Interview: Umi Iwase
Umi Iwase (b.1998) is a Japanese artist who is based in Akita-prefecture, Japan.
We interviewed Iwase about themselves.
What was your upbringing?
I was born and raised in Suzuka, Mie prefecture, where they have many kinds of factories since it is a city of motorsports. My parents’ job was to make car parts, so I was familiar with making things from an early age. In high school, I went to a school that had an art department, and from there, I began to study to make things. I feel like my initial motivation for applying was not because I wanted to do art but simply because I wanted to see if the uniform had pants. In the end, it was a very good choice. From then on, I was more interested in three-dimensional objects than two-dimensional objects, and I was wondering if I could create a work centered around gender and sexuality. At that time, topics such as LGBTQ and feminism were not covered as much in the media as they are now, so I was wondering if it was okay to choose such a personal theme. This feeling of anguish continued even after I entered the art university in Kyoto, but I just continued to create anyway. I have four older sisters and one younger sister, and I come from a single-mother household, so I think it was inevitable that I would become interested in feminism. After graduating from university in Kyoto, I entered graduate school at the University of Art in Akita. At this point, I finally became clear about what I wanted to create and what I wanted to do, and I was able to devote myself to creating with confidence.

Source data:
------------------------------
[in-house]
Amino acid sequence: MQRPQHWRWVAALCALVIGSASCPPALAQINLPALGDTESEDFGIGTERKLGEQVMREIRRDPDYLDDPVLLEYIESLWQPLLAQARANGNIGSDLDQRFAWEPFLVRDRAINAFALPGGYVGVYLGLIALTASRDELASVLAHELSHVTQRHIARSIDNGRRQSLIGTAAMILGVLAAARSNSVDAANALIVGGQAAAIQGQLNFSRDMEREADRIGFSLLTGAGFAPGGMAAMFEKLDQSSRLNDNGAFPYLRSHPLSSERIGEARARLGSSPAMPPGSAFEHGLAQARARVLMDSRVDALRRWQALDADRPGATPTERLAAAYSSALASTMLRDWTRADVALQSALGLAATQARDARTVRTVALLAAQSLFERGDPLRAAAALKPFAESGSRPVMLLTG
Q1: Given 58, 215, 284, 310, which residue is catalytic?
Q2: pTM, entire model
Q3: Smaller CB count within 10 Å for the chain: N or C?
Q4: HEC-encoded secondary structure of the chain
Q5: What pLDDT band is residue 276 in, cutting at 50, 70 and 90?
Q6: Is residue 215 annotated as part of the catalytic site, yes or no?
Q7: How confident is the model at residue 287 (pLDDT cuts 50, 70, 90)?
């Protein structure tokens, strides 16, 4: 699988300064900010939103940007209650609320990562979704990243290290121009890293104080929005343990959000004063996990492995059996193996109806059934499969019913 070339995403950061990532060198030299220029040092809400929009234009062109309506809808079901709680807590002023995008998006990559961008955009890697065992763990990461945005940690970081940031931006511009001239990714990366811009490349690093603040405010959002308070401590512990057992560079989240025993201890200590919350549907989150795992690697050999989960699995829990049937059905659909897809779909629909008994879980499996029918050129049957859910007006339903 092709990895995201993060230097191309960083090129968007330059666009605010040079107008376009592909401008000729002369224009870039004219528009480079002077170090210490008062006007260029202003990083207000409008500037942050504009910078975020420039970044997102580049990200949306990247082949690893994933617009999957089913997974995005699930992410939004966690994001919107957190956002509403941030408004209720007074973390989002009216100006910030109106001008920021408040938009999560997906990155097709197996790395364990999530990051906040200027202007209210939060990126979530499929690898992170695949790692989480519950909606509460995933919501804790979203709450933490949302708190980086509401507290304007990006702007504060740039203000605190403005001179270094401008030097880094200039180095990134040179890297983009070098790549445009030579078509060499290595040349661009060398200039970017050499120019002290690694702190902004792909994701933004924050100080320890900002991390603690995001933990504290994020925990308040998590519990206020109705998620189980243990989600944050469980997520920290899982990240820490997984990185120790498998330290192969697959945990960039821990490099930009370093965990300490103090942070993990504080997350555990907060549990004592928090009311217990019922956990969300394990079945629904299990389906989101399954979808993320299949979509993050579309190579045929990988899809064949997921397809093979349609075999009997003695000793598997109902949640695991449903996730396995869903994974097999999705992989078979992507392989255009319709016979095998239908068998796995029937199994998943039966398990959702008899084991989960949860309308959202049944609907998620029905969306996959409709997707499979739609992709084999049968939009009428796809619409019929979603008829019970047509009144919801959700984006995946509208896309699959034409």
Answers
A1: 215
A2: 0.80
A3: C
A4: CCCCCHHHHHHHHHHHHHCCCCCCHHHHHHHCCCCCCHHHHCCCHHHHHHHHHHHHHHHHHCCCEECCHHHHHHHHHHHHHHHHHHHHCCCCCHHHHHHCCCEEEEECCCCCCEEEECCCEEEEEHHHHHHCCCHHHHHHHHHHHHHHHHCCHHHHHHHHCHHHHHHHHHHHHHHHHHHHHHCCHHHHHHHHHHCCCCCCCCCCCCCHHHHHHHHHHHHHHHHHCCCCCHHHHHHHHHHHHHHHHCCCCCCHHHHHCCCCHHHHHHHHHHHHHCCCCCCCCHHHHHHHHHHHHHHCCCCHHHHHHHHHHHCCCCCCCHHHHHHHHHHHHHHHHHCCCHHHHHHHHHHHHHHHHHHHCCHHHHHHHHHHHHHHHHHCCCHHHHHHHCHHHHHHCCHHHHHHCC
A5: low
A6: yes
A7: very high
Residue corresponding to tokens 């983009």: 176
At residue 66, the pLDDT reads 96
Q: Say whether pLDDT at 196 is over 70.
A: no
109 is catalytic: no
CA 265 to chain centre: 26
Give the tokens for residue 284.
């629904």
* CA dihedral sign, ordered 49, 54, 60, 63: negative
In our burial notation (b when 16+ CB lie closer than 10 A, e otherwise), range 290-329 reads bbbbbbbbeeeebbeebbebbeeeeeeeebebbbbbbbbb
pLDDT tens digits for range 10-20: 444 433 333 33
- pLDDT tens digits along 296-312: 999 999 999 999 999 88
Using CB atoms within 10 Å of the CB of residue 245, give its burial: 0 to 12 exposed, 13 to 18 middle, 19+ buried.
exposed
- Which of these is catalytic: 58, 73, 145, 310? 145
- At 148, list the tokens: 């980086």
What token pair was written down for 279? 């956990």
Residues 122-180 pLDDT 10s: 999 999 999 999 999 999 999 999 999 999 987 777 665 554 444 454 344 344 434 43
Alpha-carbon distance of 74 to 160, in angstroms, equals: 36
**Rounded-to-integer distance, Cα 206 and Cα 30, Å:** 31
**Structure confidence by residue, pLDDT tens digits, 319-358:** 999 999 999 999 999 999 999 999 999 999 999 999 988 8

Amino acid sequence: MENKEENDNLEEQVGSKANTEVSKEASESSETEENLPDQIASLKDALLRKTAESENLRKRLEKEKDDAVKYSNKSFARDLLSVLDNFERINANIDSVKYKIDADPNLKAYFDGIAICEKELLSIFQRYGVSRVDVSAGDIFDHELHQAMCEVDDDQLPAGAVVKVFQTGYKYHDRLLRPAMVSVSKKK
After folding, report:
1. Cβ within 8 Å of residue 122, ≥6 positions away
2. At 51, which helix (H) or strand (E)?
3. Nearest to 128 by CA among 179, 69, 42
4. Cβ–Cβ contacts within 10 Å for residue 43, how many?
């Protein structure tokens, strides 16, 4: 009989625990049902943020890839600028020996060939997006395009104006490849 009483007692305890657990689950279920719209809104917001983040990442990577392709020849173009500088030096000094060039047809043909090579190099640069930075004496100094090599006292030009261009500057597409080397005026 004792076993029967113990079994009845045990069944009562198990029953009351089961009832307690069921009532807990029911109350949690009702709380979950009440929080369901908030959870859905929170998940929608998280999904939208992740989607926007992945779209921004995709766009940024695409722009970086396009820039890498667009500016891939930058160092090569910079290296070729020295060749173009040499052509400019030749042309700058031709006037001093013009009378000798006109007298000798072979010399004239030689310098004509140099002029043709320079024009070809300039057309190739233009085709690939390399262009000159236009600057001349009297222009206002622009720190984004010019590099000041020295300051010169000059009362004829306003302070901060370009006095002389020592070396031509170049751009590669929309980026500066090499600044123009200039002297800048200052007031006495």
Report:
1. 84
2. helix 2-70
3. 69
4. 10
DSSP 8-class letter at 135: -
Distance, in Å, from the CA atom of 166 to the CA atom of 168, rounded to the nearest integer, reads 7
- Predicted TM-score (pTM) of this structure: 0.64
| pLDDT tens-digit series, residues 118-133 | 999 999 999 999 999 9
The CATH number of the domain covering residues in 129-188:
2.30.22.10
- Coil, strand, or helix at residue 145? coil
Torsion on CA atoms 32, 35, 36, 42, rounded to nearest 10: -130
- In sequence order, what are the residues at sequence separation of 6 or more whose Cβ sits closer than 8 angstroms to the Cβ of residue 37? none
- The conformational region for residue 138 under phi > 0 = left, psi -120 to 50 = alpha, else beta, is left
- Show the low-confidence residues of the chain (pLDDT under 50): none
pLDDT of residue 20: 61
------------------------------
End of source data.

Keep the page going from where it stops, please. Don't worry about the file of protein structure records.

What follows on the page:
When you grew up, what was your interest as a child/adult?
I liked anime, manga, idols, and sports as much as anyone else. When I was in junior high and high school, I was obsessed with piercings and body modification. As a form of fashion, making holes in your body and adding color to it is very mysterious and still fascinates me.
How did your career as an artist begin?
I think it was after I graduated from university in Kyoto and came to graduate school in Akita. Up until then, my only experience was exhibiting at universities or nearby places, and the people who came to see me were people who knew me. Since coming to Akita, I have had more opportunities to exhibit outside, and I have started to think about what it means to explain my work as an artist. Also, no one at the university in Akita knew me deeply, and I feel like the professors treated me as an artist.
What is your inspiration?
Of course, I go to exhibitions, watch movies, and read books, but I also get a strong feeling when I go for a walk or take care of plants. I guess it’s when I consciously look at the bodies of humans and animals, including myself.
Who is your favorite artist?
There are several favorite artists. Especially have a strong interest in Doris Salcedo.
What excites you the most when you create your work?
I like to work with my hands, so I enjoy every step of the process, but if I had to say the best, it’s when I have an idea for a piece, and when I’m working on the details that are nearing completion. The only thing left to do is to remove the clay from the mold that was used to make the model. That process is very addictive.
Born in 1998, Mie prefecture. Finished Masters in Akita University of Art Graduate School of Transdisciplinary Arts.
Mainly creating works under the theme of gender by using human hair, leather/skin, concrete, FRP, wood, and iron and creating their sculptures. The aim is to turn our attention to universal violence such as discrimination and question the viewer’s sense of responsibility.